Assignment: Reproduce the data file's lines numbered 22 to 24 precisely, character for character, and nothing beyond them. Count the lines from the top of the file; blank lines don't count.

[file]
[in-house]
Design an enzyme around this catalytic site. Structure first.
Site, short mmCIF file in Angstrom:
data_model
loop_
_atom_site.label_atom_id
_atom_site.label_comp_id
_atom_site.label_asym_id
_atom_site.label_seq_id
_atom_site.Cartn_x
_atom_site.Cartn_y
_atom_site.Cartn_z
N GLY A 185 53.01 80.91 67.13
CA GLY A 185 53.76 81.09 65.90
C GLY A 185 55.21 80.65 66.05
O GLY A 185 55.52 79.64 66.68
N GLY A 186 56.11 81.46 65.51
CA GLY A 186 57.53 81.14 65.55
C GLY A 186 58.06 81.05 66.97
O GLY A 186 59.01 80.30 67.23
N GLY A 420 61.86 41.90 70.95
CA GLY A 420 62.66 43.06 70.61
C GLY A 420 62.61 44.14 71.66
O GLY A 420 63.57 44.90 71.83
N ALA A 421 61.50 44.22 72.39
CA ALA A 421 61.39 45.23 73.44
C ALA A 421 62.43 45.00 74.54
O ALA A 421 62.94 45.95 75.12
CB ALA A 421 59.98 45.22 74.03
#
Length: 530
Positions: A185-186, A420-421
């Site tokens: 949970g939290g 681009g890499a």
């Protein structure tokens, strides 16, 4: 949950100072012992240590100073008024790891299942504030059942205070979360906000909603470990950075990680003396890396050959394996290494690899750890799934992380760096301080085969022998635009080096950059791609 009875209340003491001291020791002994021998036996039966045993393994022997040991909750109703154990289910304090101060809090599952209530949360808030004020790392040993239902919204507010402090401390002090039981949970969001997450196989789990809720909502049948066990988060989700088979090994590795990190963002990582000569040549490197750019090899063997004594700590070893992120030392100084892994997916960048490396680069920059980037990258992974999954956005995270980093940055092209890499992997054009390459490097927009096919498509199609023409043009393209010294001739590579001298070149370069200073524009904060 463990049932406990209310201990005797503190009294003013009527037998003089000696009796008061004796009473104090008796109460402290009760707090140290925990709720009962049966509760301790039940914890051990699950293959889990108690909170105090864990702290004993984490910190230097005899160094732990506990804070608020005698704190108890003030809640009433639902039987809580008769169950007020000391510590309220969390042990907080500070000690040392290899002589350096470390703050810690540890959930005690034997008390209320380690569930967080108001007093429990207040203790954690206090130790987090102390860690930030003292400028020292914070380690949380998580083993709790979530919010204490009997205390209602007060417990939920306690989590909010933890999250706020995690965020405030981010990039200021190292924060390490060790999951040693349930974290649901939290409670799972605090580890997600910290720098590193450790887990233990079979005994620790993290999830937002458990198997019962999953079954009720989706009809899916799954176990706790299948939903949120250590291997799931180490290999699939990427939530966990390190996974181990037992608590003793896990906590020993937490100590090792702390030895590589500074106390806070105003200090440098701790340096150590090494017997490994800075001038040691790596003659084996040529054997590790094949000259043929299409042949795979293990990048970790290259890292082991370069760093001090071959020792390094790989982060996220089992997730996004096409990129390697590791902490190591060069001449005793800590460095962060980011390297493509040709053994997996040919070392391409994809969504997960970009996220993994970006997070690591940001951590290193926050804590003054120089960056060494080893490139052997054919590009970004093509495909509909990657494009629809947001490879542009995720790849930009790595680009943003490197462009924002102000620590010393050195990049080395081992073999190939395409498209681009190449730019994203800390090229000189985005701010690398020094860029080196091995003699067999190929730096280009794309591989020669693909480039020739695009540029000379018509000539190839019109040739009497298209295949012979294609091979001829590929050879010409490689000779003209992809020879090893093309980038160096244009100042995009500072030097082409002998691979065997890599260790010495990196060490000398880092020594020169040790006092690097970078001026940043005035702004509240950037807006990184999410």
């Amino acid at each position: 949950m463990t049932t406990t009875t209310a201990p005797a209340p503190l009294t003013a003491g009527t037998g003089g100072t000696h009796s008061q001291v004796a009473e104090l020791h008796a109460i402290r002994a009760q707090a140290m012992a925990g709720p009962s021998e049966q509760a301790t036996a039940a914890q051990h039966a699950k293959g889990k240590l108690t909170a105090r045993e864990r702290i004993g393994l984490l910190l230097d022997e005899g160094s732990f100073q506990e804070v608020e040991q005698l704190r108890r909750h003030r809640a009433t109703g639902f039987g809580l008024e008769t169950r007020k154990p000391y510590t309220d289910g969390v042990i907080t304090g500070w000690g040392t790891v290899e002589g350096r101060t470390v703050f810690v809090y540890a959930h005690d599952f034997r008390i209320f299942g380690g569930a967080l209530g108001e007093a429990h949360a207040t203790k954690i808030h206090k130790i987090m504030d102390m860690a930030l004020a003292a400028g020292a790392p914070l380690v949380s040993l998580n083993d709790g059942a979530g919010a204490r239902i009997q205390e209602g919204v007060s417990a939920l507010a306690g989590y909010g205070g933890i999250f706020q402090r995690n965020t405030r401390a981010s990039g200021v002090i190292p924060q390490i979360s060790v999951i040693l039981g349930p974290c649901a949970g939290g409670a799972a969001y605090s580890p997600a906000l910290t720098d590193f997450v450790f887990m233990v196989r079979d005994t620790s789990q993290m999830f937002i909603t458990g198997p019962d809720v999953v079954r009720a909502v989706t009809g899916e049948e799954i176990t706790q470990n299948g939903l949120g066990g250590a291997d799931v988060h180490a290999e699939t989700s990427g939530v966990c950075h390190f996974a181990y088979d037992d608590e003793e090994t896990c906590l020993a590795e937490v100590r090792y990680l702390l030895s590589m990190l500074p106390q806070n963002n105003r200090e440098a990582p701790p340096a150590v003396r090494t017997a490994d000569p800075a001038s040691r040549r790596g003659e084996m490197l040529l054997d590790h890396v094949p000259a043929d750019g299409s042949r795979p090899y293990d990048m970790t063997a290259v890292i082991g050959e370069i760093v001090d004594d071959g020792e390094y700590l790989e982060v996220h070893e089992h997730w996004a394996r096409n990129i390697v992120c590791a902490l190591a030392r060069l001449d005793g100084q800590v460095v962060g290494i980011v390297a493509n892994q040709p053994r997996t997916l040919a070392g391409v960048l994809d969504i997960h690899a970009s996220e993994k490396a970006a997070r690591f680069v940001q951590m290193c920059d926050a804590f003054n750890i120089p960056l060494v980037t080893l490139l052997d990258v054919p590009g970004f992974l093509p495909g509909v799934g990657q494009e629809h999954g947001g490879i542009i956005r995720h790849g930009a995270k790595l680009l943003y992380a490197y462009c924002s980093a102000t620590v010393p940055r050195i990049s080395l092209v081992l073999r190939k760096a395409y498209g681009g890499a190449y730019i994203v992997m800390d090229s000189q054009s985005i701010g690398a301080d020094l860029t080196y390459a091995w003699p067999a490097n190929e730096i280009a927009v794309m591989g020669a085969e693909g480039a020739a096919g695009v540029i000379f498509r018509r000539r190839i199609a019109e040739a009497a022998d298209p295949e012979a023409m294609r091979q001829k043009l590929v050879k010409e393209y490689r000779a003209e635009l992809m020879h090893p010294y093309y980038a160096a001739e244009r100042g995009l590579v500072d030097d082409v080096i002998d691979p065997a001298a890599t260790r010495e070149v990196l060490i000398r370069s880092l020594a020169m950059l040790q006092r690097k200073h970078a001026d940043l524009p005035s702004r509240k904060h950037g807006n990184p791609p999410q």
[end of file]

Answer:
CA GLY A 420 62.66 43.06 70.61
C GLY A 420 62.61 44.14 71.66
O GLY A 420 63.57 44.90 71.83